Captain Marvel

(3.5 / 5)

‘I’m not gonna fight your war. I’m gonna end it.’ – Carol Danvers

One thing that can be said about The Avengers opposed to the Justice League, despite having some of the coolest characters in comics, they do not have a Superman. Up to this point they did not really need one with the strength of Thor and Hulk, the charisma and finances of Iron Man and the moral centre of Captain America, Marvel had things covered. Then came Thanos, a villain that even this collection of superheroes could not defeat, which forces the creative team at Disney to look into the vast backlog of characters to find the one person who might be the solution to their gauntlet problem. The answer is Captain Marvel, not to be confused with Shazam, but we will let you Google search that naming issue. 

Carol Danvers (Brie Larson) is a former US Air Force test pilot who is bequeathed special alien powers during an accident on Earth. Due to her memories being muddled and knowing how she came to be on the planet Kree,  the former pilot main thing she does know is that she is currently serving as a part of an elite military unit called Starforce. As they are on a mission to find one of their own agents, Vers (her name on Kree) is taken prisoner by the sworn enemy of her people, the Skrulls. As their leader, Talos (Ben Mendelsohn), attempts to extract information from her mind, the Kree agent manages to escape her enemies and finds herself stranded on Earth in 1995. 

While Vers attempts to reconnect with Starforce, she must find the Skrull forces that have infiltrated Earth before they take over the planet. Her presence on earth gets the attention of Nick Fury (Samuel L. Jackson), who is currently an agent of S.H.I.E.L.D. and is sent to investigate this unexplained phenomenon. The two of them are forced to work together to discover the whereabouts of the Skrull agents and to find the answers behind the former pilot’s unexplained connection with Earth. As the unlikely duo unearth the clues, the plot takes surprising twists and turns that lead to the explanation of her past and how she is the key to bringing peace across the universe.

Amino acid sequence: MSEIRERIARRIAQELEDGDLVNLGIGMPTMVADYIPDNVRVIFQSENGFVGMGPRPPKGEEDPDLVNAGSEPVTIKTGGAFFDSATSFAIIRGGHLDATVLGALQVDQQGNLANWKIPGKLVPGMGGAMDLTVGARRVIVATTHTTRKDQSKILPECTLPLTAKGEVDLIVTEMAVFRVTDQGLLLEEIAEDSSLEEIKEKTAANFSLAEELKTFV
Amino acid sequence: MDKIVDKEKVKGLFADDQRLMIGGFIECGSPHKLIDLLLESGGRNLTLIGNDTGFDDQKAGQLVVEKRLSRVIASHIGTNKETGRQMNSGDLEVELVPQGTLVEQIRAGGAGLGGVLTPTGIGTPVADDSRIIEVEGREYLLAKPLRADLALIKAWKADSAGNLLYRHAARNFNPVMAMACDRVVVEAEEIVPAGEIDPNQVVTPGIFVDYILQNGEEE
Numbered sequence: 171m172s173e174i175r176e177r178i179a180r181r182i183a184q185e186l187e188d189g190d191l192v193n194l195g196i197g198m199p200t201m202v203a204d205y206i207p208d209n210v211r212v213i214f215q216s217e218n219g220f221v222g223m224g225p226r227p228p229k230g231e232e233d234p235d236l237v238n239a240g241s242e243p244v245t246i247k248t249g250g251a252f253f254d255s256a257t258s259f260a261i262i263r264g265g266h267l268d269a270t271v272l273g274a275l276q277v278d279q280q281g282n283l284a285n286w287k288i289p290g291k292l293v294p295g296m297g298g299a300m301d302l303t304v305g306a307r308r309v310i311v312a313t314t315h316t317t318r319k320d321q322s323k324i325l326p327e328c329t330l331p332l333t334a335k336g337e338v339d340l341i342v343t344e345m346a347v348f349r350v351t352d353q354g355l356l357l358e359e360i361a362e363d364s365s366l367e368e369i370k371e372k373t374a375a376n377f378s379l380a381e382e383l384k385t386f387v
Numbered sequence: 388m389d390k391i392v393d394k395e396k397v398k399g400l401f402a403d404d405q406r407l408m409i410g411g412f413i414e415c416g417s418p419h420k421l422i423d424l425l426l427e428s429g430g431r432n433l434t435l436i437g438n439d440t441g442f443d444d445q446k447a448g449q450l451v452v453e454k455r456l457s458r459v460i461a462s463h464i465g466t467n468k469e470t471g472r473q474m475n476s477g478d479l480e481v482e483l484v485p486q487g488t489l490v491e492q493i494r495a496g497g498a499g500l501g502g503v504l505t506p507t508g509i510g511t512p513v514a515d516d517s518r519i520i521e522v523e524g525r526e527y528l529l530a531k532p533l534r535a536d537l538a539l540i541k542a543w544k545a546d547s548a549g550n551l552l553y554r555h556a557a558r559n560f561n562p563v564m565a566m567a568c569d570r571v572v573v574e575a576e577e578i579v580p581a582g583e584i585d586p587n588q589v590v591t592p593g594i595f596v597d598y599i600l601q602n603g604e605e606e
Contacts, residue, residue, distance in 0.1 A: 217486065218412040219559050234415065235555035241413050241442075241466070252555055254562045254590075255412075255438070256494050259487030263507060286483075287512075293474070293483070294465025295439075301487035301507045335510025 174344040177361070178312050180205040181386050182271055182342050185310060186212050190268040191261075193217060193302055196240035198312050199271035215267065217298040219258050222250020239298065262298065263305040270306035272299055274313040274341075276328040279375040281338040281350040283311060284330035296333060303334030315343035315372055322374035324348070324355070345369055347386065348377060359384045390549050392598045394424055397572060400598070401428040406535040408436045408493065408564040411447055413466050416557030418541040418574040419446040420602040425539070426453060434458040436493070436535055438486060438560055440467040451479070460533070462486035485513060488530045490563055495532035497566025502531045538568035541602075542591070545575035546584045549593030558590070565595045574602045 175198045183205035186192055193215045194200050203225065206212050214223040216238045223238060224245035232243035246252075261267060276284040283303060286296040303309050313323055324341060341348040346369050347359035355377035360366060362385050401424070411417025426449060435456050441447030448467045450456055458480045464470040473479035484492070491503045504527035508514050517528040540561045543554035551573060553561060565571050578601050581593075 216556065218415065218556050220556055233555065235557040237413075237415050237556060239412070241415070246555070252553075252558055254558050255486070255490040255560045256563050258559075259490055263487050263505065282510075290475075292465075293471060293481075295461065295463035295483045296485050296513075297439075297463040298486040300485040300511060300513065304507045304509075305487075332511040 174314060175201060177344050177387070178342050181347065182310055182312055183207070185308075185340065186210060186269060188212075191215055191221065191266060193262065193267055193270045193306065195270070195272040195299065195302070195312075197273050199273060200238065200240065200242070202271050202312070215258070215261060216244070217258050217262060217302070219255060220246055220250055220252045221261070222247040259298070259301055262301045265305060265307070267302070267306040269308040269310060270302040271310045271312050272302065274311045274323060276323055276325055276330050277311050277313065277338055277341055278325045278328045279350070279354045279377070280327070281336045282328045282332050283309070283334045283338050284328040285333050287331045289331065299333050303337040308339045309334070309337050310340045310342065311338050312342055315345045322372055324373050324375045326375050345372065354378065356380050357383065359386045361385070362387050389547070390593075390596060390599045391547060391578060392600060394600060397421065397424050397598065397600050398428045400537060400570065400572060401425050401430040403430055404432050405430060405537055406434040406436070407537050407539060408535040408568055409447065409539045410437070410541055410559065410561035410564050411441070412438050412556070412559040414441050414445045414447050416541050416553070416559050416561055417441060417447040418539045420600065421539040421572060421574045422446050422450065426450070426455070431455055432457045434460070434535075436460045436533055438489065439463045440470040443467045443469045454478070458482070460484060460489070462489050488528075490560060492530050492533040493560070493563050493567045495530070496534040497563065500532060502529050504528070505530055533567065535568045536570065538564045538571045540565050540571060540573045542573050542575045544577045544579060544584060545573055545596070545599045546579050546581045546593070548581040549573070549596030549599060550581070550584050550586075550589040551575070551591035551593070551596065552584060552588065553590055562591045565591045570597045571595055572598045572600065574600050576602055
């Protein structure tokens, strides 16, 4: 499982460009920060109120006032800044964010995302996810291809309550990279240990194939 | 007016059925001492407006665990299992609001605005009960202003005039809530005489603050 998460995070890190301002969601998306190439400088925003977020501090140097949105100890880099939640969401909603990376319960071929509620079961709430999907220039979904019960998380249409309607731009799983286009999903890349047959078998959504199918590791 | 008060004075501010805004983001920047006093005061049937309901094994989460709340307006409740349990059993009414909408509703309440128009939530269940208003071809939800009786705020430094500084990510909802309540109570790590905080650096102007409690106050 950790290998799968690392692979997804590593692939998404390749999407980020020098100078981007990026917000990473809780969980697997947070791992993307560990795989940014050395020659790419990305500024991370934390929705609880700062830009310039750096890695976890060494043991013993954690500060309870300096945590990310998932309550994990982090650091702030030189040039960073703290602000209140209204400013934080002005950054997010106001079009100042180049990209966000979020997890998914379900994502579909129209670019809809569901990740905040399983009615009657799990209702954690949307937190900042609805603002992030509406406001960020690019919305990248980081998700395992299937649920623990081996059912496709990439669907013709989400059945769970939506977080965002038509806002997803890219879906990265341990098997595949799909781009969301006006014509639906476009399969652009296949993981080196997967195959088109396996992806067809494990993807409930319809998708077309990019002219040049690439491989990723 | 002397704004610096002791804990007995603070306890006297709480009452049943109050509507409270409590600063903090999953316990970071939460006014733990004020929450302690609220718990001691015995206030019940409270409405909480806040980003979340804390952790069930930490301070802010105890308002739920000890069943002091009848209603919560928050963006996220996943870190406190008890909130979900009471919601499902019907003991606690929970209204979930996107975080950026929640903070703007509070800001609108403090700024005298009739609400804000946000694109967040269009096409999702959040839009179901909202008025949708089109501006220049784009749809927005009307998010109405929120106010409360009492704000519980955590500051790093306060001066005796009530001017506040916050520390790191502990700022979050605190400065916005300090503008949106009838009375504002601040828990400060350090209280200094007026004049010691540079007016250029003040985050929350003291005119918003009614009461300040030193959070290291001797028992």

Captain Marvel provides an origin story to one of the more obscure and lesser-known characters in the Marvel liturgy. Even though it took some time to build her backstory and explain how this intergalactic figure connects to The Avengers, directors Anna Boden (first female director in MCU) and Ryan Fleck manage to deliver a solid introduction to the potential demise of Thanos. 

She may not be Superman, but she is a new kind of hero and does contain many of the characteristics of the saviour from another planet. The personality traits the two high flyers share are a stoic and intense resolve that causes their morals to be worn on their sleeve. What is hard to determine is if it is Carol Danvers or Brie Larson that carry these traits into this production. Even though she does prove to have the skills to lead the new wave of Avengers, she lacks the charisma to command any followers. These aspects to her personality may come to fruition as she becomes part of the overall ensemble of superheroes, but as a solo act, Caption Marvel is a bit underwhelming. 

Her supporting cast proves to be the saving grace of the film. Nick Fury gets a new life and provides the comic relief to counter Larson’s flat performance. Samuel L. Jackson continues to prove his worth to this franchise and may be the connection between the two stages of the Marvel Extended Universe. The only other character that manages to steal more scenes from the star of the show is Ben Mendelsohn as the leader of the Skrulls. He continues to prove his value as a compelling villain and one of the best character actors in the business. 

Captain Marvel as a film is no Wonder Woman and as a hero, she is not Superman, Captain America or Ironman but she seems to represent the beginning of a new generation of heroes. Marvel fans can appreciate her abilities and everyone might just need to have a ‘wait and see’ attitude to see what she adds to this mix of superhumans and the future of this beloved franchise. 

REEL DIALOGUE: Who is the real Super-man?

And there is salvation in no one else, for there is no other name under heaven given among men by which we must be saved. – Acts 4:12

We all want a saviour at different times in our lives. Regardless of your religious affiliation, during times of great struggle, there is a need for outside help. This is an underlying theme of Captain Marvel.  Even with all of the best preparations of the world and a magnificent band of warriors, there is still a need for help from others. At the heart of the human condition, the saviour figure plays a role in the smallest to the greatest needs of our lives. During tough times, where do you turn for help? 

Other portions of the Bible to consider in this search for a Saviour:

Luke 1:47, 1 John 4:14, 2 Peter 3:9

Check out the current rankings of the Marvel Cinematic Universe (MCU) by Reel Dialogue’s Russ Matthews

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Russell Matthews

Russell loves film and enjoys engaging in discussions about the latest cinema offerings and then connecting this with the Gospel. He has worked for City Bible Forum for over 13 years, is a reviewer for Insights Magazine and Entertainment Fuse and has a blog called Russelling Reviews. He moderates events for Reel Dialogue which connect the film industry with the general public.